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  • Beauty (ancient thought)

    Beauty (ancient thought)


    • Beauty for ancient thinkers existed both in , which is the material world as it is, and as embodied in the spirit, which is the world of mental formations.

      The classical terms in use to describe beauty were (Grecian) and (Latin).

      During this time there existed a woman, known as Helen of Troy, who was known as the most beautiful, which is presumably the most beautiful within the Greek world. Her existence is dated to about 1250, one source specifically shows around 1188 B.C., this being the date of an astronomical occurrence during the Trojan War. Knowledge of her stems, primarily, from within the work of Homer known as the Iliad, c.850 or 750 B.C.

      In an irreverent recollection from history, pertaining to this philosopher and beauty, there is a story which has passed into posterity on how Thales was mocked by a servant girl recognised for her beauty, after finding himself to have fallen into a well while looking upward at stars .

      In one fragment of Heraclitus's writings (Fragment 106) he mentions beauty, this reads : To God all things are beautiful, good, right...

      Pythagoras conceived of beauty as useful for a moral education of the soul.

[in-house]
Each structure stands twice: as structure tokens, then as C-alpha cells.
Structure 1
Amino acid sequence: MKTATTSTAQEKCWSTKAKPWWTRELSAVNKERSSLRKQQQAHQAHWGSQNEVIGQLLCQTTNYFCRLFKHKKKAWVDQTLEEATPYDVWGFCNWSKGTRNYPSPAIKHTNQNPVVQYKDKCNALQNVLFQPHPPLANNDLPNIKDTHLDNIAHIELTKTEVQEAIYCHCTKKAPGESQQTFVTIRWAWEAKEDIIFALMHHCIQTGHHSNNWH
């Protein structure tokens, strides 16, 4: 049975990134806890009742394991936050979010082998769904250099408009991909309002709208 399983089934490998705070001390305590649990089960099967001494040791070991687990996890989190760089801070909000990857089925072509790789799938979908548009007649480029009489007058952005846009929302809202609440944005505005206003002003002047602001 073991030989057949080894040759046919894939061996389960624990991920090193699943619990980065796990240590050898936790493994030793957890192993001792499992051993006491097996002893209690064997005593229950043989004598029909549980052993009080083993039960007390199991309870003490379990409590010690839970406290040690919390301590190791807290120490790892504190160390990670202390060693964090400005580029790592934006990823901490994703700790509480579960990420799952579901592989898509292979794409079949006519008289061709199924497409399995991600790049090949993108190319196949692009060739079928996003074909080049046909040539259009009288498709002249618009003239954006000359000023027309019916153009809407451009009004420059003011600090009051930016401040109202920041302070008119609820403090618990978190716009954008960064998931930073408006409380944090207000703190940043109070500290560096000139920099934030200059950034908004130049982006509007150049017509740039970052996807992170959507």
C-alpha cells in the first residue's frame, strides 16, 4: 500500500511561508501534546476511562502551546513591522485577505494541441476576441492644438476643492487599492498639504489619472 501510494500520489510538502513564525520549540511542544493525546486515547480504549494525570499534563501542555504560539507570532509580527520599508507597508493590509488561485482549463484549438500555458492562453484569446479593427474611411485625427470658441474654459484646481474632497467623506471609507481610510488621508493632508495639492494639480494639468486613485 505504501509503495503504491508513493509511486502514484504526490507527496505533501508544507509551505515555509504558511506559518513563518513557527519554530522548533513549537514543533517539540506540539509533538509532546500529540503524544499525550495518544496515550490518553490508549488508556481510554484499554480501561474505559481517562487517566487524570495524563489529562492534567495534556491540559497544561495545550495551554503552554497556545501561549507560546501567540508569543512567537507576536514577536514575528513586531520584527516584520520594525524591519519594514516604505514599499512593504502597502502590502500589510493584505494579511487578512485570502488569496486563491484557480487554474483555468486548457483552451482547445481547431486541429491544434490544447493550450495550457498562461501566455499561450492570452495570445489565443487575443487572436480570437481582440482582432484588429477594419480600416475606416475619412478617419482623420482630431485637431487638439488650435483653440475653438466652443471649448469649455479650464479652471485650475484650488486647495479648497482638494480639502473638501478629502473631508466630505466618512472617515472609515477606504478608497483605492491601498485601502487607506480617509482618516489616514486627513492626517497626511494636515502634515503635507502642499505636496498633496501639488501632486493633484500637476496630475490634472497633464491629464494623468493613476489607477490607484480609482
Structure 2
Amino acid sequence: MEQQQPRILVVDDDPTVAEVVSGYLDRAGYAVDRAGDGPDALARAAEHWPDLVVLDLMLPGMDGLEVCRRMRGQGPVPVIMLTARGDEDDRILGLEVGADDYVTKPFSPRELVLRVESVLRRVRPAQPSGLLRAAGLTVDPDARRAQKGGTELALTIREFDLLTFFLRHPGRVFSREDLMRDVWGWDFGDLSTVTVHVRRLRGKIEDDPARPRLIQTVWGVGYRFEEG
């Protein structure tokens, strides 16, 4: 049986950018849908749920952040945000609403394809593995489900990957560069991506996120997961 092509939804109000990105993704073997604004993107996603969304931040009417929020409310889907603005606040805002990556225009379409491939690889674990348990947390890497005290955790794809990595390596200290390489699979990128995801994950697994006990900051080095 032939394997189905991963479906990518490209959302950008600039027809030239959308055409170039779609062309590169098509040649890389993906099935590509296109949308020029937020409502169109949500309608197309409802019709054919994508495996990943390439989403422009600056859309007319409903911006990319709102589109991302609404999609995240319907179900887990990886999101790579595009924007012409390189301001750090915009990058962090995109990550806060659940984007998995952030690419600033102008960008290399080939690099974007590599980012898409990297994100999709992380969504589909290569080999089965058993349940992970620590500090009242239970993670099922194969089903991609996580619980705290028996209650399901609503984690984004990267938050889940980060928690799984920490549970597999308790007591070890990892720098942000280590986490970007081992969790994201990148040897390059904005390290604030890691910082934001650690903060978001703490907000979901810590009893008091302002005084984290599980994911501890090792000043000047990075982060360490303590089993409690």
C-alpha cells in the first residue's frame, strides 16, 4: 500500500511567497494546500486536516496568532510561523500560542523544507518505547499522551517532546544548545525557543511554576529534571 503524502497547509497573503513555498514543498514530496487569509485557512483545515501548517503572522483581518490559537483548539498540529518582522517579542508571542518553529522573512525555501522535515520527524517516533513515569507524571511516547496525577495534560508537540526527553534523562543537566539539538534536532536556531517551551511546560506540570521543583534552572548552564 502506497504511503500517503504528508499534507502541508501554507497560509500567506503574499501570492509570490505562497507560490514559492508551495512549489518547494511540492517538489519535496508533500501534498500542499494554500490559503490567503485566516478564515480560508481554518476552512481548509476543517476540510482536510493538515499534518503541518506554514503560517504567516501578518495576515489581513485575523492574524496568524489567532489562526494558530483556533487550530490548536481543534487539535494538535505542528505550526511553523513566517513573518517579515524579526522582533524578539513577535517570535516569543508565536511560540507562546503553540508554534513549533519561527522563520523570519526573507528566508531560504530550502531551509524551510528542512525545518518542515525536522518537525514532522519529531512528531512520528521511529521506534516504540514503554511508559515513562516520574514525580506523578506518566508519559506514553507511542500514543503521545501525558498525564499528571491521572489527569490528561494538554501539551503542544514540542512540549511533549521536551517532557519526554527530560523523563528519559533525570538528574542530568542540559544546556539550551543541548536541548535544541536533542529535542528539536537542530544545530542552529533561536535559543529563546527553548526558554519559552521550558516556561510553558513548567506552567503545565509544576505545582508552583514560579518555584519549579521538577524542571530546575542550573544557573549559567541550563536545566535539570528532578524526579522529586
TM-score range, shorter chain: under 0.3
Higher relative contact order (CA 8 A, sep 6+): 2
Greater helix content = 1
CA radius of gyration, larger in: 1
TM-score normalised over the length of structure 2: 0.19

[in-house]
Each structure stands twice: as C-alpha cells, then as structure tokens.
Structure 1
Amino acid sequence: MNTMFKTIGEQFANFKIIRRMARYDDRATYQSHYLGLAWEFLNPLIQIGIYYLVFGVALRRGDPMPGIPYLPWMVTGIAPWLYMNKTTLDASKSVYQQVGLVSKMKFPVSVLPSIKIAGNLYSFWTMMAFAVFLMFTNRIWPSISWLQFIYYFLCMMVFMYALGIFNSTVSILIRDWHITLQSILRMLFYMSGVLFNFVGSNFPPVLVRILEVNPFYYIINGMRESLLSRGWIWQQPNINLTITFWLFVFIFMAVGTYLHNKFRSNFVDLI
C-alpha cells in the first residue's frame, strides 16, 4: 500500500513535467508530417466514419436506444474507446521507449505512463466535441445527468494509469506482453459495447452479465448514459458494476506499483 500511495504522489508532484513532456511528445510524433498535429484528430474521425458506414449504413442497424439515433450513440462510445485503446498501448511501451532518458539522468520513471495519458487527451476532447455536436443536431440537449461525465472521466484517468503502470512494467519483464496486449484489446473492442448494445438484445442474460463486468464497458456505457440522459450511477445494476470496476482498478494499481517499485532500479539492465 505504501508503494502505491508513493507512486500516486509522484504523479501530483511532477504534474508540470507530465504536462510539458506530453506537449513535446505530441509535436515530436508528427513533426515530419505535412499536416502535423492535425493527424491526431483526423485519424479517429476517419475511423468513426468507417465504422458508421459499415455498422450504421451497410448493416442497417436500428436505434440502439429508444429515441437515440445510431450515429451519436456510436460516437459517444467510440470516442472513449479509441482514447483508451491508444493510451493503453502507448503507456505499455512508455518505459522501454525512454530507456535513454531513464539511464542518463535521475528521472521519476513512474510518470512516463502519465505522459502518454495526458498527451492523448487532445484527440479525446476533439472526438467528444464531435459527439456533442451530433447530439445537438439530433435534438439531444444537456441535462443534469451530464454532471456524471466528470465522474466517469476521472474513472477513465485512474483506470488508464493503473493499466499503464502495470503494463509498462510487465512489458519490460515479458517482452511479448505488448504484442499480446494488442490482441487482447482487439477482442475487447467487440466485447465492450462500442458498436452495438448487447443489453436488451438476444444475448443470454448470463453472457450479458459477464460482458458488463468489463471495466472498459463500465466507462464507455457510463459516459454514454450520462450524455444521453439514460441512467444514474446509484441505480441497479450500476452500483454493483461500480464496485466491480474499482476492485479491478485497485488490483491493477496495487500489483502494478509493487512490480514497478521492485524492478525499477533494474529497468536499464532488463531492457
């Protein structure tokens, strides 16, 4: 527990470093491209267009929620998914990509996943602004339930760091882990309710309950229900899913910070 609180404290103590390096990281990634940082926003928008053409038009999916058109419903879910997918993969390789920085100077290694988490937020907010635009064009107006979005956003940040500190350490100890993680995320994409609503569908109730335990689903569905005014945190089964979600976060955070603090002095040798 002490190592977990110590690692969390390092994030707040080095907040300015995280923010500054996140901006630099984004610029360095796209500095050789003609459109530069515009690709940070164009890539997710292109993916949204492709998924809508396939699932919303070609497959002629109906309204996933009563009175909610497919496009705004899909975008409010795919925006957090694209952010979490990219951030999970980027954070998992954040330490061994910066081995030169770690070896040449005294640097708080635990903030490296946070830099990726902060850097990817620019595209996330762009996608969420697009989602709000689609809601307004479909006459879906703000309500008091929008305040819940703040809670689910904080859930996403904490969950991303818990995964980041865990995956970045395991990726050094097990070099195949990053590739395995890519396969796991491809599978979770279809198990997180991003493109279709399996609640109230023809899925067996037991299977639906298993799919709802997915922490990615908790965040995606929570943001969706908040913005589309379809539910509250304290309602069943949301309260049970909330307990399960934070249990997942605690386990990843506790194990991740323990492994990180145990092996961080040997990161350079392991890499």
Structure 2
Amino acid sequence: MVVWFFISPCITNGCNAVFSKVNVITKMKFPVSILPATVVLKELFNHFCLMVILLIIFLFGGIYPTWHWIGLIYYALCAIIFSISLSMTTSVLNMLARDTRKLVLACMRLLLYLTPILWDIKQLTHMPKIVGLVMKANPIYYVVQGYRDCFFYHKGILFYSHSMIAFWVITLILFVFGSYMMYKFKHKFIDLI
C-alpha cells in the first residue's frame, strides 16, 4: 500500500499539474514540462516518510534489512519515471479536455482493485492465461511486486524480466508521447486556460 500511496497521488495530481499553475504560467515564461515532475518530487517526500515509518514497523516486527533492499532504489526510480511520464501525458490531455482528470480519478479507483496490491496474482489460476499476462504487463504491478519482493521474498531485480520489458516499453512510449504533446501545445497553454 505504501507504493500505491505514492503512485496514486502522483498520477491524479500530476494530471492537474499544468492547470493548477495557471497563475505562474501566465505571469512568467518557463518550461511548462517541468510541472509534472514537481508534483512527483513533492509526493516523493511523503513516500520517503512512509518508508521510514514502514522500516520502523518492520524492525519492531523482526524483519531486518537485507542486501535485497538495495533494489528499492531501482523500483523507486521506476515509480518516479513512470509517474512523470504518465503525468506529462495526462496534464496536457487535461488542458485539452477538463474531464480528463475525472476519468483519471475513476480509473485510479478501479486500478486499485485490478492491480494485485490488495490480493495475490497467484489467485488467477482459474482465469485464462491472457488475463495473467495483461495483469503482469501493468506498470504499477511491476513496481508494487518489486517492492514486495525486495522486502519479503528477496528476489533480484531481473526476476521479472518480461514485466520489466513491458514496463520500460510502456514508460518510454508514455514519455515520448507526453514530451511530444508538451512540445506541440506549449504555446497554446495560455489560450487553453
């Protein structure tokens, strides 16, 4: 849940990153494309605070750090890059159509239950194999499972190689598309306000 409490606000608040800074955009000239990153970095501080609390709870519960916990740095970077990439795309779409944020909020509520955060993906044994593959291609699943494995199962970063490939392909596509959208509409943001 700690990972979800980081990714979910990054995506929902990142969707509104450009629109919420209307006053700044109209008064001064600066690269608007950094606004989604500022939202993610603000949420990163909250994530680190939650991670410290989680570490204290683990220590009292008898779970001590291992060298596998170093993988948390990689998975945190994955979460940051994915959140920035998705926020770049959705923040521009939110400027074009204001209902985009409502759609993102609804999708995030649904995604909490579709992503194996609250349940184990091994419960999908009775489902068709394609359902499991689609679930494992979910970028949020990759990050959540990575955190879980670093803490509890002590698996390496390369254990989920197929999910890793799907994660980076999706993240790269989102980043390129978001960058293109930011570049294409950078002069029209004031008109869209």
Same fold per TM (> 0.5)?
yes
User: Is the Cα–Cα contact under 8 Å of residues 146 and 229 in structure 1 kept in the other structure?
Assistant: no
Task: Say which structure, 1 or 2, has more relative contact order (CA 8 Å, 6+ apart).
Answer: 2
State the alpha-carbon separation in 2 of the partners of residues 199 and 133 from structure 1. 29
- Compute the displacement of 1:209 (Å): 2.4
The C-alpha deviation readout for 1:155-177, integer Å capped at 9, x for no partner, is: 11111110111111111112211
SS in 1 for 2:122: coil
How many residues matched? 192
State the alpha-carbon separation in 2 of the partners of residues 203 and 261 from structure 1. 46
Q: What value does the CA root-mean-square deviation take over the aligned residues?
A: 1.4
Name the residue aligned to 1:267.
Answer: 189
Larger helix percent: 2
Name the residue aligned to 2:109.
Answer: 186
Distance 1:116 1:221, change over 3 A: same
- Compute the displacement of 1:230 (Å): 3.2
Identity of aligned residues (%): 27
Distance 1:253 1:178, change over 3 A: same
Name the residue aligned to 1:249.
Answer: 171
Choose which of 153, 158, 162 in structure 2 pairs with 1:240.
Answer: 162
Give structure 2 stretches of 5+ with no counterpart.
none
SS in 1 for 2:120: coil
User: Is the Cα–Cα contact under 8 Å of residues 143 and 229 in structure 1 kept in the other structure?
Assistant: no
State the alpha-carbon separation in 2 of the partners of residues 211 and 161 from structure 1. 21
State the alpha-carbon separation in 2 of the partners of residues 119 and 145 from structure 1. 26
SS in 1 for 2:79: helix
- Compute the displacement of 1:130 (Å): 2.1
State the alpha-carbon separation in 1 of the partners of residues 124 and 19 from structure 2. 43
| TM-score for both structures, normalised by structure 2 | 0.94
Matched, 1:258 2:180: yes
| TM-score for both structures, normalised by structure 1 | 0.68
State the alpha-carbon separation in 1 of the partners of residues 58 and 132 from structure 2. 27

The Pythagoreans conceived of the presence of beauty in universal terms, which is, as existing in a cosmological state, they observed beauty in the heavens.

      Pythagoras wrote of how people experience pleasure when aware of a certain type of formal situation present in reality, perceivable by sight or through the ear. Pythagoras discovered the underlying mathematical ratios in the harmonic scales in music.

      The classical concept of beauty is one which exhibits perfect proportion (Wolfflin). In this context the concept belonged often within the discipline of mathematics.

      An idea of spiritual beauty emerged during the classical period, beauty was something embodying divine goodness, while the demonstration of behaviour which might be classified as beautiful, from an inner state of morality which is aligned to the good.



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